Shifting Chelsea's center of gravitas southward, this new gallery features a dramatic entrance--a broad, not-too-steep staircase which when you get to the top ends in a big reveal as you turn left. There it is--the cavernous gallery with vaulted wood beams, lots of natural light, and some really good art! I saw the Paul McCarthy show there. It's big wooden sculptures and drawings based on the artist's twisted vision of Snow White. Everything is warped--you can see Prince Charming on his white stallion, but the figure of him on his horse is split and repeated several times, fused with trees and dwarves, turned back on itself and sliced up into separate pieces, each with a smooth grain of wood that suggested no cut was ever made--that these weird fantasias just emerged into form. Decapitated heads of Snow White herself litter the floor, with blank, pupil-less eyes and a whorish hole of a mouth--actually not a hole but a divot with a rounded bottom, the right size to hold an apple, whole and unchewed. Here too the polish factor on the wood is very high, but the shallow oral cavity suggests a digging into the surface by a wood carver, without the possibility of penetration or a real inside. The imagination is twisted and broken up into pieces but each fragment emerges into being as if whole.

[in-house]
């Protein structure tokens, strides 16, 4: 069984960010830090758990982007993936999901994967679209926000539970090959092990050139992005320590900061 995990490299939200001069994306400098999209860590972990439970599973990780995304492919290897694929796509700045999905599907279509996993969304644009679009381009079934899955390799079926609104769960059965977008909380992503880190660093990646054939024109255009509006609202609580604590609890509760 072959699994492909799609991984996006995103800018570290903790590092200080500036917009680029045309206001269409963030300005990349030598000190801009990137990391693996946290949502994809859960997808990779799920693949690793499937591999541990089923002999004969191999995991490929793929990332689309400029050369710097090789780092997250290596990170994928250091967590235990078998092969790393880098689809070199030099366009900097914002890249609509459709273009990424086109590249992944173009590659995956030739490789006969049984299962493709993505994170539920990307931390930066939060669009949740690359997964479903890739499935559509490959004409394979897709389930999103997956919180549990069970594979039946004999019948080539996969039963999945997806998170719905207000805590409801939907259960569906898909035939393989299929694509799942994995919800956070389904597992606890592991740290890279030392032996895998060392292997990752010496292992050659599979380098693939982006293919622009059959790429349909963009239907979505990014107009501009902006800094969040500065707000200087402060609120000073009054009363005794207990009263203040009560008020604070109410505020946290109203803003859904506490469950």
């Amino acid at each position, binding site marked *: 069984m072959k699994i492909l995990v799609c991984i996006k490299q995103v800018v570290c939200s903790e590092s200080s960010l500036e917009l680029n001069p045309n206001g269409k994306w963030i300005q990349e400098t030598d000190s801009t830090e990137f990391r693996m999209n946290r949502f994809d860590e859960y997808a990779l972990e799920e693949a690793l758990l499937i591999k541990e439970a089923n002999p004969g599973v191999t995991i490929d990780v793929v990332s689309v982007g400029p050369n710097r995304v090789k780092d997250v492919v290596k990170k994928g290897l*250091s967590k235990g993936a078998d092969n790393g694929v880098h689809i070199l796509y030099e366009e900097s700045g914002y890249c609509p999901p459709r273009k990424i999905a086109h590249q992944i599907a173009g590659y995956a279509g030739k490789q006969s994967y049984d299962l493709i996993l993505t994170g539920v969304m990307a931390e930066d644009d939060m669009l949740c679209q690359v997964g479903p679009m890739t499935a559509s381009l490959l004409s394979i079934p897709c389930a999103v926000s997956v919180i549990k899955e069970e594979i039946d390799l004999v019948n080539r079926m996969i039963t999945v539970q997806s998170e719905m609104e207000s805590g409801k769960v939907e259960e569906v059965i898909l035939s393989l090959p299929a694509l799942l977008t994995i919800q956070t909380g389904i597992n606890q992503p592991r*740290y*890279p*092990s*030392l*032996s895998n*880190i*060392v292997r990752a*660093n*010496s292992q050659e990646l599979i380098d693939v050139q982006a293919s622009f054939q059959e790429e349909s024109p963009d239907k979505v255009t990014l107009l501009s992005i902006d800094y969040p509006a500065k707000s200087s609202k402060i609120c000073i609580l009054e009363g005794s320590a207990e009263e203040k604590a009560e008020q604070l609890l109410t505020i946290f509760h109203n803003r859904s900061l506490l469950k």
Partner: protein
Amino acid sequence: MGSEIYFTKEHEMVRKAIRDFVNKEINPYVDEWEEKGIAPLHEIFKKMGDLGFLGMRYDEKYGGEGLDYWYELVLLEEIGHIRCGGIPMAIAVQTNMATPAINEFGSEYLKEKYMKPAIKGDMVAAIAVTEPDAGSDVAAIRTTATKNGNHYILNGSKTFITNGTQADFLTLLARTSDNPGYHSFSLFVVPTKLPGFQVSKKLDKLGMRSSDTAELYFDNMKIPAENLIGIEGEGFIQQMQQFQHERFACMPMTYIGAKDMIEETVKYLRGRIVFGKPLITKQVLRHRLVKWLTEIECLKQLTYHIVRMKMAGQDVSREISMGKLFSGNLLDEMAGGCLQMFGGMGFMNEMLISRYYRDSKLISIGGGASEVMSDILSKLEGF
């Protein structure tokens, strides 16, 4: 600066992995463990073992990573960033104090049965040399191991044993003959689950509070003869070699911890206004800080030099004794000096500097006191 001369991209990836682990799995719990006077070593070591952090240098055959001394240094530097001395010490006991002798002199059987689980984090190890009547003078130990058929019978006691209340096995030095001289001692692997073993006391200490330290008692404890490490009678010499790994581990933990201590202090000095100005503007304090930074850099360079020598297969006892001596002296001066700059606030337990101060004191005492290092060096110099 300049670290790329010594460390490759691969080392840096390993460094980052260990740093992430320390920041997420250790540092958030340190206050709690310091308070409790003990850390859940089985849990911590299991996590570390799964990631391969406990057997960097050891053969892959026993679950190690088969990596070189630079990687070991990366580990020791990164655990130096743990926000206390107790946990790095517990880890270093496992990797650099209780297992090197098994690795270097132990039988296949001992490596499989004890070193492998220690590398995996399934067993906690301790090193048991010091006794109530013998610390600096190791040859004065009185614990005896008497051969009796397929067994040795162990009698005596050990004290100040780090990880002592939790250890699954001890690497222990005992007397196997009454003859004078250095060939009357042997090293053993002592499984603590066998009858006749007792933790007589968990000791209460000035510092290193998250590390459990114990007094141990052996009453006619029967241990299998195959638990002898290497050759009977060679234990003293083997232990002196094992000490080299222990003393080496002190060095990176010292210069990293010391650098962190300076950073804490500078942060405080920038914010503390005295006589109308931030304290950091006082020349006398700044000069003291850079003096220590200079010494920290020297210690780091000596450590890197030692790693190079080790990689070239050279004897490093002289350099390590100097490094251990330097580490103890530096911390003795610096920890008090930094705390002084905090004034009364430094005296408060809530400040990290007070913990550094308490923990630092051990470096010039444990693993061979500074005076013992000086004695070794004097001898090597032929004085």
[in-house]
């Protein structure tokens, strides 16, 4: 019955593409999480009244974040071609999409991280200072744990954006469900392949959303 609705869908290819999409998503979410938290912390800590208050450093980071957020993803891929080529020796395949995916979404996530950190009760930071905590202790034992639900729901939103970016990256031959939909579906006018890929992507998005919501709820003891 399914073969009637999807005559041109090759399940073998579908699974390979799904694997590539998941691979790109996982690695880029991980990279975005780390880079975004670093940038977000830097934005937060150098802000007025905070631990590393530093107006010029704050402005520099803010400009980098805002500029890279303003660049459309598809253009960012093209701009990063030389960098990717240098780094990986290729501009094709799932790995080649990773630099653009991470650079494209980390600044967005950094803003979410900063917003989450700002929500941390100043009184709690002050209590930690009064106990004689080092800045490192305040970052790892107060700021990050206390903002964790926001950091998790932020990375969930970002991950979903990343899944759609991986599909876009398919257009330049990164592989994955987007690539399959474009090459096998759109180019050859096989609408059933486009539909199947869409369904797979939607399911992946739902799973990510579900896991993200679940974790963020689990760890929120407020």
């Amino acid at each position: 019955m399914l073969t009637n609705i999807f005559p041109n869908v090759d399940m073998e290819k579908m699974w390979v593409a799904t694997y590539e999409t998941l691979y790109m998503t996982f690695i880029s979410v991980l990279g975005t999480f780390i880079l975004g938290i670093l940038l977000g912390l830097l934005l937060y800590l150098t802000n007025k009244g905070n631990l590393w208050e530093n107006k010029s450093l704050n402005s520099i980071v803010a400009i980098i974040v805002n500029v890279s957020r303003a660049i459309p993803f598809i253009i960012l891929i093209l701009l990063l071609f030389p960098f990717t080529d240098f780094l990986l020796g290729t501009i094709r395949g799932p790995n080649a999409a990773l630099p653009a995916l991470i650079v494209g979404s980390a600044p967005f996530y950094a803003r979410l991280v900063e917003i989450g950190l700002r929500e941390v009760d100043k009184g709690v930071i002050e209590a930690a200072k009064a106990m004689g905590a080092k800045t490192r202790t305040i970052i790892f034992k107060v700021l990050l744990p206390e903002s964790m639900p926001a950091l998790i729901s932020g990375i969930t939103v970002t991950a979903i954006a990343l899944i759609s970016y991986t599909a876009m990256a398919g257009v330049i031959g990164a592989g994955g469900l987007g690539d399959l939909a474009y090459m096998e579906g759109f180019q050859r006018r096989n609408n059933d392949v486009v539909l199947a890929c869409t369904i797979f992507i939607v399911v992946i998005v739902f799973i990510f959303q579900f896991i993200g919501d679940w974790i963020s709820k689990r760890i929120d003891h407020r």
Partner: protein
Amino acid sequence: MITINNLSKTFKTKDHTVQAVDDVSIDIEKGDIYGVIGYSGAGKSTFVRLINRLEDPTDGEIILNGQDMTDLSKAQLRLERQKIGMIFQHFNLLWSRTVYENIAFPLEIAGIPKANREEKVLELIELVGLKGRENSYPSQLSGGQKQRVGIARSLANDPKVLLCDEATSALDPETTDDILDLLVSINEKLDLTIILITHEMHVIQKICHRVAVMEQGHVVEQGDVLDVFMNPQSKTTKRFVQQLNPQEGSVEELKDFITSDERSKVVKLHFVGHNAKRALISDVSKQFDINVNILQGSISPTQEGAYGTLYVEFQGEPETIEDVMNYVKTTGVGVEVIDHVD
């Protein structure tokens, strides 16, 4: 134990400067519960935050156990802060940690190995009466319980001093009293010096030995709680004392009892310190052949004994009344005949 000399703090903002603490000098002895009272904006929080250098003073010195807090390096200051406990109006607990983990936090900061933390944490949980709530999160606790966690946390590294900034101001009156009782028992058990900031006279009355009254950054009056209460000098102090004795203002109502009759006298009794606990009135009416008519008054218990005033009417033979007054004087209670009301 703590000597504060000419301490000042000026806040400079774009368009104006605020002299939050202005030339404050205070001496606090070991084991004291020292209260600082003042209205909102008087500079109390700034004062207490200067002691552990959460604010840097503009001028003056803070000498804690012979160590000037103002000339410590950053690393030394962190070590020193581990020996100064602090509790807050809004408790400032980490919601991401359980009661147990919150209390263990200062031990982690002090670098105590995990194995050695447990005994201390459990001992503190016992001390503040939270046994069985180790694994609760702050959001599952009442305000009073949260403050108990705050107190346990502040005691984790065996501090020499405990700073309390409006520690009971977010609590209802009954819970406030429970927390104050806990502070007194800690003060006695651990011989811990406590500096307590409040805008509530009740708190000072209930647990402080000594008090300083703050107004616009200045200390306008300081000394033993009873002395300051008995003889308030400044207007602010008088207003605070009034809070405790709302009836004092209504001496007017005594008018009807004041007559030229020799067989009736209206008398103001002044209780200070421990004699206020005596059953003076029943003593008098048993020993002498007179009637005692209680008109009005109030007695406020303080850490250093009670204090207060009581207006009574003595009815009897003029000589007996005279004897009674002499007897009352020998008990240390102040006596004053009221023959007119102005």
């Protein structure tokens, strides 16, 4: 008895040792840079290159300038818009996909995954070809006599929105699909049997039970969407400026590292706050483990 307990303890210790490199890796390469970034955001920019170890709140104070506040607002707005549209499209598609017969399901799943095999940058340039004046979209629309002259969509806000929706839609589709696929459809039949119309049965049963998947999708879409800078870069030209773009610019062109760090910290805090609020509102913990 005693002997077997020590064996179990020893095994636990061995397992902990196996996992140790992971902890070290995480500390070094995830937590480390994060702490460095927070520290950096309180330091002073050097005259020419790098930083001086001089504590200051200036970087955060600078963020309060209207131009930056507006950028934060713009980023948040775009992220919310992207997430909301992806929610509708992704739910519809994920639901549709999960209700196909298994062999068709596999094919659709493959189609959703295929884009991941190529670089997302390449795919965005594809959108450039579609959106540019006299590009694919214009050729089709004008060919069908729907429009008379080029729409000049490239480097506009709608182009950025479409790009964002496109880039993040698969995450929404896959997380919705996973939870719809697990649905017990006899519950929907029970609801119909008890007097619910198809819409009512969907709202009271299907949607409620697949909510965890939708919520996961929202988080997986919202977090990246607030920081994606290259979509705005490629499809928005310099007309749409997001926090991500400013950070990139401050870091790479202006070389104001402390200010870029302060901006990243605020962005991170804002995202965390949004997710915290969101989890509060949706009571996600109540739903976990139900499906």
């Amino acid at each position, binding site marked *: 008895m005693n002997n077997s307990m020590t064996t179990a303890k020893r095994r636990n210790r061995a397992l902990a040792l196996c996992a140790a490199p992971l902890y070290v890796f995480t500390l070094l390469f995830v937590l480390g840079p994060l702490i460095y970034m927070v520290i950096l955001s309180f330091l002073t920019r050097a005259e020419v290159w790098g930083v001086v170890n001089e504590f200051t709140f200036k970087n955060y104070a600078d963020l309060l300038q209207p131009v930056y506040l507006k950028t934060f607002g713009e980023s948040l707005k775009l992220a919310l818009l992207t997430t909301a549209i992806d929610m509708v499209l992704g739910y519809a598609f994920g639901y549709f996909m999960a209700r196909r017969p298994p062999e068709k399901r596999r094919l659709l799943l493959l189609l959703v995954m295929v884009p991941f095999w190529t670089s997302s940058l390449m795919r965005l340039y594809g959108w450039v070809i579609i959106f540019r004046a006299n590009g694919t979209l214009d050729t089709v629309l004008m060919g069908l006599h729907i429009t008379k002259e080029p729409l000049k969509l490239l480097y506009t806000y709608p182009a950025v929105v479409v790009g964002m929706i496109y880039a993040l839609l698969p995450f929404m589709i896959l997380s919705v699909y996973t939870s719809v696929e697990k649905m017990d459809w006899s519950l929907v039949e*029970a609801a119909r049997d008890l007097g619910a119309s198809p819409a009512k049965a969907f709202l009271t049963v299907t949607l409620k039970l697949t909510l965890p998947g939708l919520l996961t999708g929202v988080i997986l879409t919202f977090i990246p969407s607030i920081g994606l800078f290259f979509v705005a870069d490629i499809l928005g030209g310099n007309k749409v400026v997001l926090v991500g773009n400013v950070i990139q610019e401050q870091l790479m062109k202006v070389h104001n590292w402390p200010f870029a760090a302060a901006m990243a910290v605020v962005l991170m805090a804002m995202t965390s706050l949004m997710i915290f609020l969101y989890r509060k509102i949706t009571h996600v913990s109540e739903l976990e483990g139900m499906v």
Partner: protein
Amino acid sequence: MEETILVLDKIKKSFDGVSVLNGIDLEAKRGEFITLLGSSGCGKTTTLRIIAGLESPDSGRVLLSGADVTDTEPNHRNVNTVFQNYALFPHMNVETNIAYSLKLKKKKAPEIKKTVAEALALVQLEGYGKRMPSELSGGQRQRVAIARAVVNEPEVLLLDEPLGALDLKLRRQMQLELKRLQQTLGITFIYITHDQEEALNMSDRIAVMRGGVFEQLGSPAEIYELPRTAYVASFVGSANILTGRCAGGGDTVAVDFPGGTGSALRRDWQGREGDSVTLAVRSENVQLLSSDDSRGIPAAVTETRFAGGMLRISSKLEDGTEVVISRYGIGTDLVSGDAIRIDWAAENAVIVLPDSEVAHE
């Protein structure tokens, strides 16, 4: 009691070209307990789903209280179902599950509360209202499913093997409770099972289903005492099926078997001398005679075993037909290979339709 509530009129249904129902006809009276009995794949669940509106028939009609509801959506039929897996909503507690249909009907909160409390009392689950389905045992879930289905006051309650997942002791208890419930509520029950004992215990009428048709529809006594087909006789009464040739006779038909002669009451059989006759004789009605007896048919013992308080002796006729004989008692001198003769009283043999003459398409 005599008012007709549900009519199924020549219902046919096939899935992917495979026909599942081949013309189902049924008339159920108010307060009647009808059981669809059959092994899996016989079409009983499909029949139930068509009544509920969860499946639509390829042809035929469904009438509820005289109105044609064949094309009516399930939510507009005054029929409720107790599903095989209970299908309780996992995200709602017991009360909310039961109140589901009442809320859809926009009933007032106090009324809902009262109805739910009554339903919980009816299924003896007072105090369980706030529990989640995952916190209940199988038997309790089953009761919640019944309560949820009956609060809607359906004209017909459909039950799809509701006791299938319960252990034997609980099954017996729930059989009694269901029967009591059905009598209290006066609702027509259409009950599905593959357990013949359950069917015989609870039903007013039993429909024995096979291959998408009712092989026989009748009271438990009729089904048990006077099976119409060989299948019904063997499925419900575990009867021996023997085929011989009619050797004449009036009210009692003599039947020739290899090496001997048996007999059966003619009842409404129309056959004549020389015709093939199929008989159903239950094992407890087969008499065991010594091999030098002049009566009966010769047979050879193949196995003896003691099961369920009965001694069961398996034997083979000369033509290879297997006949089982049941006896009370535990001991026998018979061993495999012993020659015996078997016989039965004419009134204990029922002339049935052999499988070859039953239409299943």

All around, this is a great gallery to visit. I didn't interact with the staff directly but overheard them talking and they seemed nice--one of the desk girls was so nice she even expained scallion cream cheese to her coworker. She told her about how an onion-like bulb has green shoots that get cut up and mixed with cheese. First week in new York honey?